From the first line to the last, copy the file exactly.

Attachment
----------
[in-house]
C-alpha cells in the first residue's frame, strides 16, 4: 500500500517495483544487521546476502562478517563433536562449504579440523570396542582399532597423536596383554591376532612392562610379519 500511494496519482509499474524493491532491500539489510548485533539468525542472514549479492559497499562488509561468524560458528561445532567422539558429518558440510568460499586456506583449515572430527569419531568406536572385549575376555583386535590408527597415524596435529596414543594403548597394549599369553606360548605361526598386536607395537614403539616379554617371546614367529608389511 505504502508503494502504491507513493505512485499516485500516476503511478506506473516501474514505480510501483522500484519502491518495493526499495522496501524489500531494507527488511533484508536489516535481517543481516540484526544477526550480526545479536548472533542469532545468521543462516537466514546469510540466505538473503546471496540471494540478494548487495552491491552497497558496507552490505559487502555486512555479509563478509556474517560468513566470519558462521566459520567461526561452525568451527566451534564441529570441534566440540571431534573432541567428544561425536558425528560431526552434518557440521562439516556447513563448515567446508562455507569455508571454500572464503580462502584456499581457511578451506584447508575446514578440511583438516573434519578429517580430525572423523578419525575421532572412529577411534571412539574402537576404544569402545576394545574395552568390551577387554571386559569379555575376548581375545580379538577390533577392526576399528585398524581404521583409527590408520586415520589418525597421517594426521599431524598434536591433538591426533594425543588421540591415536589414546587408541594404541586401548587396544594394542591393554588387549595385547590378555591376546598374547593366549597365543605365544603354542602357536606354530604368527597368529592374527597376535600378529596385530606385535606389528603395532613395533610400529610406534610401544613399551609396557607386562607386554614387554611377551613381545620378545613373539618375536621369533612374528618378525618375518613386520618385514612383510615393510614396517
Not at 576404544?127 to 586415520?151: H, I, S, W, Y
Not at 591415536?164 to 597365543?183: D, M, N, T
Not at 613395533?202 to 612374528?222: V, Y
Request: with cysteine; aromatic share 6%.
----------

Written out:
[in-house]
C-alpha cells in the first residue's frame, strides 16, 4: 500500500517495483544487521546476502562478517563433536562449504579440523570396542582399532597423536596383554591376532612392562610379519 500511494496519482509499474524493491532491500539489510548485533539468525542472514549479492559497499562488509561468524560458528561445532567422539558429518558440510568460499586456506583449515572430527569419531568406536572385549575376555583386535590408527597415524596435529596414543594403548597394549599369553606360548605361526598386536607395537614403539616379554617371546614367529608389511 505504502508503494502504491507513493505512485499516485500516476503511478506506473516501474514505480510501483522500484519502491518495493526499495522496501524489500531494507527488511533484508536489516535481517543481516540484526544477526550480526545479536548472533542469532545468521543462516537466514546469510540466505538473503546471496540471494540478494548487495552491491552497497558496507552490505559487502555486512555479509563478509556474517560468513566470519558462521566459520567461526561452525568451527566451534564441529570441534566440540571431534573432541567428544561425536558425528560431526552434518557440521562439516556447513563448515567446508562455507569455508571454500572464503580462502584456499581457511578451506584447508575446514578440511583438516573434519578429517580430525572423523578419525575421532572412529577411534571412539574402537576404544569402545576394545574395552568390551577387554571386559569379555575376548581375545580379538577390533577392526576399528585398524581404521583409527590408520586415520589418525597421517594426521599431524598434536591433538591426533594425543588421540591415536589414546587408541594404541586401548587396544594394542591393554588387549595385547590378555591376546598374547593366549597365543605365544603354542602357536606354530604368527597368529592374527597376535600378529596385530606385535606389528603395532613395533610400529610406534610401544613399551609396557607386562607386554614387554611377551613381545620378545613373539618375536621369533612374528618378525618375518613386520618385514612383510615393510614396517
Not at 576404544?127 to 586415520?151: H, I, S, W, Y
Not at 591415536?164 to 597365543?183: D, M, N, T
Not at 613395533?202 to 612374528?222: V, Y
Request: with cysteine; aromatic share 6%.